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Stocks rose Tuesday, recovering from intraday losses as the bulls appeared to overcome worries about renewed coronavirus lockdowns in Europe and rising political uncertainty in the U.S.

Investors also watched testimony by Federal Reserve Chairman Jerome Powell and Treasury Secretary Steven Mnuchin before a House panel.

What are major benchmarks doing?

The Dow Jones Industrial Average DJIA, +0.51%  rose 140.48 points, or 0.5%, to close at 27,288.18, after hitting an midday low of 26,989.93. The S&P 500 SPX, +1.05%  rose 34.51 points, or 1.1%, finishing at 3,315.57. The Nasdaq Composite COMP, +1.71% COMP, +1.71% COMP, +1.71% rose 184.84 points, or 1.7%, to 10,963.64. The S&P 500 and Nasdaq both ended four-day losing streaks, while the Dow snapped a three-day string of declines.

Stocks fell hard Monday, but ended the day well above session lows. The Dow dropped 509.72 points, or 1.8%, to finish at 27,147.70, after falling more than 900 points at its session low. The S&P 500 fell 38.41 points, or 1.2%, to end at 3,281.06 for its fourth straight daily fall, its longest losing streak since February. The Nasdaq Composite shed 14.48 points, or 0.1%, ending at 10,778.80.

What are major benchmarks doing?

Rising COVID-19 cases and threats of renewed lockdowns in Europe, along with heightened U.S. political rancor ahead of November’s general election, weren’t enough to prevent the market from recouping early losses on Tuesday.

Investors dipped their toes back into the market, snapping a string of declines for major equity benchmarks amid signs that the bearish momentum that had sent stocks plummeting on Monday had eased. Still, market participants remain worried that more sustained gains in U.S. markets may be hard to achieve in the face of the looming wall of market risks.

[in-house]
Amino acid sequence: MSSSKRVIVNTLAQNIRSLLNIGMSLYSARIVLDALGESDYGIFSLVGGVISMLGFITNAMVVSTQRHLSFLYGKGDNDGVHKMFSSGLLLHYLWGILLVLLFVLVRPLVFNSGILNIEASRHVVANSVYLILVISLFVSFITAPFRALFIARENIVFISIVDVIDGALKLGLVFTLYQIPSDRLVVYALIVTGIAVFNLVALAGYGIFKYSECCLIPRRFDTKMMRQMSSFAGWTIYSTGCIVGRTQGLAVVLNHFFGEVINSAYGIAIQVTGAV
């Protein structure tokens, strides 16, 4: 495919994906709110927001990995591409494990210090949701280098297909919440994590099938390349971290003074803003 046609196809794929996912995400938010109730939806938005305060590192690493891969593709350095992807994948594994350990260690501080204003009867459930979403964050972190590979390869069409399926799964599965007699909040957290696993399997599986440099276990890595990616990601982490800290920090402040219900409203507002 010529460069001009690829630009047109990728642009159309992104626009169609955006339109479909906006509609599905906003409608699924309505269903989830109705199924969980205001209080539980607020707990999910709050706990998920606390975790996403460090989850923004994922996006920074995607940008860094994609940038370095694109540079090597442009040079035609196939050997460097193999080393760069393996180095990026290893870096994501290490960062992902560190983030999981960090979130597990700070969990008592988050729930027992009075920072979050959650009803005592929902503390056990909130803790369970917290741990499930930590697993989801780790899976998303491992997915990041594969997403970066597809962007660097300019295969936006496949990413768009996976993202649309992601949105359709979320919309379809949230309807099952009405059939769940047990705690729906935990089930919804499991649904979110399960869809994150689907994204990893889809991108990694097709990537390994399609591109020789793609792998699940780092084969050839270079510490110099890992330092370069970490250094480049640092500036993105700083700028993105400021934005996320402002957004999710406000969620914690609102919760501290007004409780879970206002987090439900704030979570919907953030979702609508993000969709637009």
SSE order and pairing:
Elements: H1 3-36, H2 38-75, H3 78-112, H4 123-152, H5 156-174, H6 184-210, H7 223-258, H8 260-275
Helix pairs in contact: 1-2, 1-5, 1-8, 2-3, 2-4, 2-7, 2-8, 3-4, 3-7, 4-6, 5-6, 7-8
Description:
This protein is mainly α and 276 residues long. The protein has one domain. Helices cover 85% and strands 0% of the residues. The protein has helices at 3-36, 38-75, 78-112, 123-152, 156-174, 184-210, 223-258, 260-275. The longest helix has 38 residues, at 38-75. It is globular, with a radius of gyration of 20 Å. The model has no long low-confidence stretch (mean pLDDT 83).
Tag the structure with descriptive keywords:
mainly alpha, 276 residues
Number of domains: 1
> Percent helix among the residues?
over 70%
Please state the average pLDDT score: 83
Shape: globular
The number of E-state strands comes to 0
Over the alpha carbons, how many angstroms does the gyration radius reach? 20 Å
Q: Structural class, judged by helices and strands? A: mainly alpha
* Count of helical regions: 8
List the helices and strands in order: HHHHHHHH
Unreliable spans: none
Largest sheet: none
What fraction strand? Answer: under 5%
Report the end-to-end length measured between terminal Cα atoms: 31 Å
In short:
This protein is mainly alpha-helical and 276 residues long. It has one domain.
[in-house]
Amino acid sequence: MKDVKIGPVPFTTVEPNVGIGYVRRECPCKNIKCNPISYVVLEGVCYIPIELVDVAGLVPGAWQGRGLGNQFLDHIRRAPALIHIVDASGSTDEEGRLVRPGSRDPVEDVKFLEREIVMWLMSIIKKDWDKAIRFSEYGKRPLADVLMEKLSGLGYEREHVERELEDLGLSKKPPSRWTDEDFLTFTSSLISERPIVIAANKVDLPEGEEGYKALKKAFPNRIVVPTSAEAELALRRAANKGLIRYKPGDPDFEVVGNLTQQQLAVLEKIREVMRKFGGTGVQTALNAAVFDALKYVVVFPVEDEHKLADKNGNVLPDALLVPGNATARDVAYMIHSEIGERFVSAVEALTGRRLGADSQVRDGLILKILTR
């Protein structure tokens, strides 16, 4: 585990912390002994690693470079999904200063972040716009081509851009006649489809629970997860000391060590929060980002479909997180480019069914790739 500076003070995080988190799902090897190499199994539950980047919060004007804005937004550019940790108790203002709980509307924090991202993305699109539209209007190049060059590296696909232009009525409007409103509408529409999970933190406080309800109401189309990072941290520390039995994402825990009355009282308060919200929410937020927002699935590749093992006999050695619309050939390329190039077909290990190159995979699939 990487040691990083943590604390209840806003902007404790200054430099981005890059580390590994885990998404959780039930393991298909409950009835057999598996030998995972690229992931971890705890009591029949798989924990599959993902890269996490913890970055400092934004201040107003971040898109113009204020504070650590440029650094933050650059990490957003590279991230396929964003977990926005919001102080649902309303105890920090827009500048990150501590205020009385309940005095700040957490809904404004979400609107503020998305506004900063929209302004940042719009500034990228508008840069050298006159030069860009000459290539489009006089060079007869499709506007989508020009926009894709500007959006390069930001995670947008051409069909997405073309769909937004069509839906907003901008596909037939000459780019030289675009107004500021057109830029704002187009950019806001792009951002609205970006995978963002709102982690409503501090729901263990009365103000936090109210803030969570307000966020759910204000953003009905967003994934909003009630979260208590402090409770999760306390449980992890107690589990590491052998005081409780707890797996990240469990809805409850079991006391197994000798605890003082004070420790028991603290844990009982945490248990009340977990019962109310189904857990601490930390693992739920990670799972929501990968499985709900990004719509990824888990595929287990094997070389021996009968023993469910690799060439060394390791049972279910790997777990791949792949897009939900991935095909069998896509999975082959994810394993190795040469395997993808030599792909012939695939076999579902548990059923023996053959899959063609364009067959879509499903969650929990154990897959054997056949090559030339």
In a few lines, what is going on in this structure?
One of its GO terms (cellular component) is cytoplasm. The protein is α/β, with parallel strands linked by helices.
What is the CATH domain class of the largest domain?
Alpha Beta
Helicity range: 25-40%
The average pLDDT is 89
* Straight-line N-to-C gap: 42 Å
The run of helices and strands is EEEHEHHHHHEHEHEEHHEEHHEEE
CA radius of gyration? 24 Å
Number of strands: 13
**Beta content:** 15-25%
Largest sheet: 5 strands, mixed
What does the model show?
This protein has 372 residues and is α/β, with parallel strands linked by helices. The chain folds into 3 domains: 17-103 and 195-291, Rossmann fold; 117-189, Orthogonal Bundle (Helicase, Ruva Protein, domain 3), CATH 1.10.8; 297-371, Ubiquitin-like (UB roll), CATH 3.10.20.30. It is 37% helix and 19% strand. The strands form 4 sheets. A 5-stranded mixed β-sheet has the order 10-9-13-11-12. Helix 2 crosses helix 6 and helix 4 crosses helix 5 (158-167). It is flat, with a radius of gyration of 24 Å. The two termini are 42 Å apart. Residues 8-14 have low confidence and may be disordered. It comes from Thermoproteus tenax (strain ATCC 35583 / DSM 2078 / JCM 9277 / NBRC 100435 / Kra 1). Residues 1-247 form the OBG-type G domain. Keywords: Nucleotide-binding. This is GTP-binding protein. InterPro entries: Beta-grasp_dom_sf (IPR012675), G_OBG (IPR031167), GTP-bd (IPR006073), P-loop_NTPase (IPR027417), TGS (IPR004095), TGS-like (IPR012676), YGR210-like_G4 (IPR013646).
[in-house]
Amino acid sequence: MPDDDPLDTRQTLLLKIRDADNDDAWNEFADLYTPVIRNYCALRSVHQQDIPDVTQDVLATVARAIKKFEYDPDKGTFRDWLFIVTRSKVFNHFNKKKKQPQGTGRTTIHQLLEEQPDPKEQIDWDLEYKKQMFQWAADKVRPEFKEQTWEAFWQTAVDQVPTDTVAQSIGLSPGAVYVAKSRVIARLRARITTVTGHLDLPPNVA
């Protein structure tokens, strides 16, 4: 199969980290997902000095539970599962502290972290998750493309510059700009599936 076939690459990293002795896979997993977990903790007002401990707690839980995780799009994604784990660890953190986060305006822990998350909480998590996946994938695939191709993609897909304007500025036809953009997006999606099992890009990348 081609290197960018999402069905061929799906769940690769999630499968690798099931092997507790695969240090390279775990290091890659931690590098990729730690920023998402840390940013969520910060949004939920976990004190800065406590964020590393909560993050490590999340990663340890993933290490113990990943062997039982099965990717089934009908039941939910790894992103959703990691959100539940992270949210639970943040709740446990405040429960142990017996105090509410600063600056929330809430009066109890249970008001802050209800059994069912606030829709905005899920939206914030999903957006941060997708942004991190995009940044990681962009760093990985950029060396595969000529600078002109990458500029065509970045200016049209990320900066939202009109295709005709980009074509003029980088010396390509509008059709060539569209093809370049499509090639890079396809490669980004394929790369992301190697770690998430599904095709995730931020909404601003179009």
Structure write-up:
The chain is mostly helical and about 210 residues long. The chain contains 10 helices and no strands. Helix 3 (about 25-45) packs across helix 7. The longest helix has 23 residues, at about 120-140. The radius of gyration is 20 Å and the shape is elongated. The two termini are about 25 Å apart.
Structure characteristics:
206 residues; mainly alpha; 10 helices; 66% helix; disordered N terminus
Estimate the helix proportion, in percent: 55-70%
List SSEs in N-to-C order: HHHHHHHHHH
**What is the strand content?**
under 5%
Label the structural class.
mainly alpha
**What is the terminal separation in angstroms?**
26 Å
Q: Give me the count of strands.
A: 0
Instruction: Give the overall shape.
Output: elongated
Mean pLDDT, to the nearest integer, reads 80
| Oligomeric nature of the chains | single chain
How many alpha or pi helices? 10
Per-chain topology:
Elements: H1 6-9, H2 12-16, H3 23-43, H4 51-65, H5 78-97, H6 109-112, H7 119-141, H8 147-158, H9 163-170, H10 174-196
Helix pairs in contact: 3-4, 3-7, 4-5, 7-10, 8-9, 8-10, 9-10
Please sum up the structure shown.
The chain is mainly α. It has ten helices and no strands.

“Coronavirus concerns have resurfaced, worrying investors that a reversal in reopening progress could be near. More and more uncertainty is arising as we get closer to the election but no closer to congressional fiscal relief,” said Lindsey Bell, chief investment strategist for Ally Invest, in a note. “But we’re still optimistic this dip will be bought sooner rather than later.”

Bitterness in Washington has investors worried about the dimming prospects for an agreement between congressional Democrats and the White House on additional fiscal aid during the pandemic—a prospect complicated by the looming battle over a nominee to replace Ruth Bader Ginsburg, who died Friday, on the Supreme Court.

“The lack of new fiscal stimulus, unclear direction over coronavirus policy and now an intense Supreme Court-related political battle is causing a new level of angst in the markets,” said Kenny Polcari, managing partner at Kace Capital Advisors, in emailed comments. “Both political parties are now in a full flight with just a few weeks until election day. The U.S. election has begun to spin out of control.”

Concerns also have been rising about a second lockdown in parts of the developed world, contributing to anxiety over the prospect of renewed restrictions in the U.S.

“I don’t believe we’ll have a second lockdown in the United States, but it’s a simmering concern for investors and the markets,” Polcari said.

Equities have been under pressure for much of September, with major benchmarks suffering three straight weekly declines. Tech shares have bore the brunt of the selloff, but have outperformed sectors more sensitive to the economic cycle this week.

That has investors keenly focused on rising COVID-19 cases, after the U.K. moved to reimpose some lockdown restrictions. Federal Reserve Chairman Jerome Powell on Tuesday told lawmakers it’s up to them to provide relief to some troubled companies, as doubts remain over prospects for another aid package. Powell and Mnuchin testified Tuesday before the House Financial Services Committee about the status of pandemic aid.

In the hearing, Powell pushed back on a suggestion the Fed lower the threshold for loans under its Main Street Lending Program to make loans available to smaller companies. Powell said there was little demand for loans below $1 million and that redesigning the program would require the Fed to start from scratch.

On the economic front, data showed existing-home sales in August rose by 2.4% to an annual rate of 6 million, the fastest pace in nearly 14 years.

Chicago Federal Reserve Bank President Charles Evans, in remarks at a forum, warned that it’s important for Congress to pass more spending or risk a downward economic spiral.

Which companies are in focus?

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